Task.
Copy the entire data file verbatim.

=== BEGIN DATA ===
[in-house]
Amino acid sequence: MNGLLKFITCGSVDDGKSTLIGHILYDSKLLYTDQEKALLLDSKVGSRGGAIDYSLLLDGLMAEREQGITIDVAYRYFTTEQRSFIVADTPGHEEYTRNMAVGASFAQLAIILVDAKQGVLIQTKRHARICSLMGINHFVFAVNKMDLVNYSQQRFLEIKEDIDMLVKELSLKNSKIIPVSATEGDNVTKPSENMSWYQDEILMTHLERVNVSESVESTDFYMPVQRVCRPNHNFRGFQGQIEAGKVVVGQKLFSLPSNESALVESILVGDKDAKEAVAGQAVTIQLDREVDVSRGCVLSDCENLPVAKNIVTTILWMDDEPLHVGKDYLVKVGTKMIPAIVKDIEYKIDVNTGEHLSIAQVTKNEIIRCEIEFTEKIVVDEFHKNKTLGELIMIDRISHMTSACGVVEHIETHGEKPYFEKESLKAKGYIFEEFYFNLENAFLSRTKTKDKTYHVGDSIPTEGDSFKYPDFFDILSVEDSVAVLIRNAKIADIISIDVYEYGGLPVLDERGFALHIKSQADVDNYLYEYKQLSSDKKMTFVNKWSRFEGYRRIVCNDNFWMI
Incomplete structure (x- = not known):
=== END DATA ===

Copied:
[in-house]
Amino acid sequence: MNGLLKFITCGSVDDGKSTLIGHILYDSKLLYTDQEKALLLDSKVGSRGGAIDYSLLLDGLMAEREQGITIDVAYRYFTTEQRSFIVADTPGHEEYTRNMAVGASFAQLAIILVDAKQGVLIQTKRHARICSLMGINHFVFAVNKMDLVNYSQQRFLEIKEDIDMLVKELSLKNSKIIPVSATEGDNVTKPSENMSWYQDEILMTHLERVNVSESVESTDFYMPVQRVCRPNHNFRGFQGQIEAGKVVVGQKLFSLPSNESALVESILVGDKDAKEAVAGQAVTIQLDREVDVSRGCVLSDCENLPVAKNIVTTILWMDDEPLHVGKDYLVKVGTKMIPAIVKDIEYKIDVNTGEHLSIAQVTKNEIIRCEIEFTEKIVVDEFHKNKTLGELIMIDRISHMTSACGVVEHIETHGEKPYFEKESLKAKGYIFEEFYFNLENAFLSRTKTKDKTYHVGDSIPTEGDSFKYPDFFDILSVEDSVAVLIRNAKIADIISIDVYEYGGLPVLDERGFALHIKSQADVDNYLYEYKQLSSDKKMTFVNKWSRFEGYRRIVCNDNFWMI
Incomplete structure (x- = not known):